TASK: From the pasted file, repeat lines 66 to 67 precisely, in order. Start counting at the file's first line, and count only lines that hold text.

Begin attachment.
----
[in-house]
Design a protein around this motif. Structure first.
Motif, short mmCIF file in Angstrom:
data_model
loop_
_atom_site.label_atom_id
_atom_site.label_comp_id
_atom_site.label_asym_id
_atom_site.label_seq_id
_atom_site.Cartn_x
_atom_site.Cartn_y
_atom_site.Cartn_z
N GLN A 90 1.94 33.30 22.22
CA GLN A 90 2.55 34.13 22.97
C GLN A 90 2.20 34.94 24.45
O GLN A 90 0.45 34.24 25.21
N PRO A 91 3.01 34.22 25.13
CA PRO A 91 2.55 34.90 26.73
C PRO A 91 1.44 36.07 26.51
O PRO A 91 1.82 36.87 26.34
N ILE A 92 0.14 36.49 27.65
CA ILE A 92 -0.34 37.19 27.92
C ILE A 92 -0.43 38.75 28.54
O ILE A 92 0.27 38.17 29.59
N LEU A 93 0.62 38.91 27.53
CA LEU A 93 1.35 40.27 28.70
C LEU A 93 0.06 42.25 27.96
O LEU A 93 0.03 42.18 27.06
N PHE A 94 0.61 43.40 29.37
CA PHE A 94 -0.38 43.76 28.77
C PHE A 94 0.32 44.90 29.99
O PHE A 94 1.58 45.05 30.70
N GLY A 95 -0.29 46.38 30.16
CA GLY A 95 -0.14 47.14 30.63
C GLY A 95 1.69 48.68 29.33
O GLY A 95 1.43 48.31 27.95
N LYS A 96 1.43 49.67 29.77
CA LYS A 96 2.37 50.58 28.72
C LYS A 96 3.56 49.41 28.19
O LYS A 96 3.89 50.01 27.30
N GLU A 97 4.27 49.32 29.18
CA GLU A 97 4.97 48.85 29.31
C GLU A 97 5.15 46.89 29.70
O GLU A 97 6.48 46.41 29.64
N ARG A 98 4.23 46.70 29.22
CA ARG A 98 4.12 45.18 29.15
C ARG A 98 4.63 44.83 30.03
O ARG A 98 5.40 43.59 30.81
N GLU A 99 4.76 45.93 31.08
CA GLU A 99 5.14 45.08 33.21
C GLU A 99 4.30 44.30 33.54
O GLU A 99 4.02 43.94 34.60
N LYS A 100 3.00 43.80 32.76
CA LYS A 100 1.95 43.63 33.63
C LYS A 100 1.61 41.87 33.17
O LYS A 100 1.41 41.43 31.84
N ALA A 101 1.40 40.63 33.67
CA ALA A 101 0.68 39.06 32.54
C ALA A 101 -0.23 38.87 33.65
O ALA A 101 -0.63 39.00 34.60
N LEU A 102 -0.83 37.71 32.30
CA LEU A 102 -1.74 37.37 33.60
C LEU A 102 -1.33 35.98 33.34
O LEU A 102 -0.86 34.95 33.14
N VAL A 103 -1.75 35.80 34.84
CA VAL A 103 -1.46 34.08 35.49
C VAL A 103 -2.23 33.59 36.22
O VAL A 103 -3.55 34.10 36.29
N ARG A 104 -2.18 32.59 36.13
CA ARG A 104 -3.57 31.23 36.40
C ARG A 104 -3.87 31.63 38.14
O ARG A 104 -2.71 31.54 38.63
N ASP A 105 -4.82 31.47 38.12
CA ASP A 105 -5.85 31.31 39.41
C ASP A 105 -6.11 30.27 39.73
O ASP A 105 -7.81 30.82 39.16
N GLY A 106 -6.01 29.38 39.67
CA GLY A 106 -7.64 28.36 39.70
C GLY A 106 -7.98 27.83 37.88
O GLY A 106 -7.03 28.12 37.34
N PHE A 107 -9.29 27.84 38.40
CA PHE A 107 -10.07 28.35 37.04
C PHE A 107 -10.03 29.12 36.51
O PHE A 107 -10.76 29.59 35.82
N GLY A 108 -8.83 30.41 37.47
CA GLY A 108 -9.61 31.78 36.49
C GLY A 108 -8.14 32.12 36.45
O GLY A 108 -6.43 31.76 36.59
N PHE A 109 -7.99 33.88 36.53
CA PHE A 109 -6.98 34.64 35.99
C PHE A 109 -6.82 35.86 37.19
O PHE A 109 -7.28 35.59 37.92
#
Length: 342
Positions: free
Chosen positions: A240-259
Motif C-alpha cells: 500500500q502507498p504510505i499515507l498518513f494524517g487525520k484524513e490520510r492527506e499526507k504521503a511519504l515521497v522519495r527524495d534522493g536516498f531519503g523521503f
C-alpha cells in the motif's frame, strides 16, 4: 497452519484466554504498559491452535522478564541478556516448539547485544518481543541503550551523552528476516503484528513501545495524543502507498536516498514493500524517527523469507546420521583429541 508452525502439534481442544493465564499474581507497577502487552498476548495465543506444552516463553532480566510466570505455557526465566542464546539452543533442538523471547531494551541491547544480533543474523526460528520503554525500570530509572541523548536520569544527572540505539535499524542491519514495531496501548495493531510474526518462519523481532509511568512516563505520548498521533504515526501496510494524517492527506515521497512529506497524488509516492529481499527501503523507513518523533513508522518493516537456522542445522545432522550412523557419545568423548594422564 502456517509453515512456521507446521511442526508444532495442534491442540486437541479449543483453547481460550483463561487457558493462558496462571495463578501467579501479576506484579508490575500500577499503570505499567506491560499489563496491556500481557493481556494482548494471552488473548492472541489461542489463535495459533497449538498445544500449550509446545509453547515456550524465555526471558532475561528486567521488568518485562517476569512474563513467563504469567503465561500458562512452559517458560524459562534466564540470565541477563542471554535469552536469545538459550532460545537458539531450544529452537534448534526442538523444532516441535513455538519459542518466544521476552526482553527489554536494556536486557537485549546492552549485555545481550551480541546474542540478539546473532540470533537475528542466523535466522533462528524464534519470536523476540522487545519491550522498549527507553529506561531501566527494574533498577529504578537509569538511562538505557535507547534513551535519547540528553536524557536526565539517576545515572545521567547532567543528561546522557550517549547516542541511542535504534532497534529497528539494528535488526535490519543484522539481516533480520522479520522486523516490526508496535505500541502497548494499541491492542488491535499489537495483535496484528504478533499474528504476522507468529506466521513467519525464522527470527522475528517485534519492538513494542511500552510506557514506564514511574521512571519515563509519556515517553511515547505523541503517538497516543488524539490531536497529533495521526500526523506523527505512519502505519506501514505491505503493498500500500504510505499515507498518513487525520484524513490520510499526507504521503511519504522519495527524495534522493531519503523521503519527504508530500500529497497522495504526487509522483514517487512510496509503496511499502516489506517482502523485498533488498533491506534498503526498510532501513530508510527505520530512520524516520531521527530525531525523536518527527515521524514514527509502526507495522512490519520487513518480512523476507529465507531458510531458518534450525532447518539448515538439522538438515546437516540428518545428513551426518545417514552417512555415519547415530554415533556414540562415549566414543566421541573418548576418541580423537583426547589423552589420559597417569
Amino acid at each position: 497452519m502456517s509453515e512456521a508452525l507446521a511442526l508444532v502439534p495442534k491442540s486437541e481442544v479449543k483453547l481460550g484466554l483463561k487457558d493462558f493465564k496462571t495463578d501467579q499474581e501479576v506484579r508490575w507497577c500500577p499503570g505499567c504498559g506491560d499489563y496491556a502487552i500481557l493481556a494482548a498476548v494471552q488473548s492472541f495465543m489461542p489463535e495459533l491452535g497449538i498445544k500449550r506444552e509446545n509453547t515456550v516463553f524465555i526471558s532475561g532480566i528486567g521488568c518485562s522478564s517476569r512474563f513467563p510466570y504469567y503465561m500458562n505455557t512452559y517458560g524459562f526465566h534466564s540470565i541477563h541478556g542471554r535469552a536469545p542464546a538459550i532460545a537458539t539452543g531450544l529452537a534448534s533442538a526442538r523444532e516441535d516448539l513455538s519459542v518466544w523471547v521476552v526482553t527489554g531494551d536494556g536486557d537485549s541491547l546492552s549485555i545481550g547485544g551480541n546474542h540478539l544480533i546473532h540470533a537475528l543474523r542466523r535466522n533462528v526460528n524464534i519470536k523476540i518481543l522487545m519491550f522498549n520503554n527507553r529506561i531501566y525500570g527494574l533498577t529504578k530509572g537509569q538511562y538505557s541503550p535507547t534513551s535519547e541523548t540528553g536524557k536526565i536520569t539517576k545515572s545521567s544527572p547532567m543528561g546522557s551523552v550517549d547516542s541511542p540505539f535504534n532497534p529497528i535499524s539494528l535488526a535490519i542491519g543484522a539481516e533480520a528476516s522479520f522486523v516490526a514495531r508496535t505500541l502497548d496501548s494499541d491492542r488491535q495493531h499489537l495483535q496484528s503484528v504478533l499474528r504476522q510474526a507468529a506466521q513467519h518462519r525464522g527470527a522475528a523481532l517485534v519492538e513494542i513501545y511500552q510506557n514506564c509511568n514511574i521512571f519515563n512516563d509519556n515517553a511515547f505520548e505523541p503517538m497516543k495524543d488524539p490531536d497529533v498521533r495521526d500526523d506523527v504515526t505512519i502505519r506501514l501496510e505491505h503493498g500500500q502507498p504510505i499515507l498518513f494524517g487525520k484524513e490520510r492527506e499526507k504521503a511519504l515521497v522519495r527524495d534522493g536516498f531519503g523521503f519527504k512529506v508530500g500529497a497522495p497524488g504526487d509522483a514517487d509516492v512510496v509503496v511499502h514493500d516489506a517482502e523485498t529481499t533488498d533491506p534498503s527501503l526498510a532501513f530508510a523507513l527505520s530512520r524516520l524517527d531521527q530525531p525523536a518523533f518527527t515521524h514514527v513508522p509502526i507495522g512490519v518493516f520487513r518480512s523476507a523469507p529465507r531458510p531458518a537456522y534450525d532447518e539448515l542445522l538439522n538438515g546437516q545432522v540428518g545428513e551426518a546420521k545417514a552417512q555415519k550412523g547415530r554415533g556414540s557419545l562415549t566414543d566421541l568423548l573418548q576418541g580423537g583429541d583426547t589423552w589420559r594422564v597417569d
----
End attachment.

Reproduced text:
CA VAL A 103 -1.46 34.08 35.49
C VAL A 103 -2.23 33.59 36.22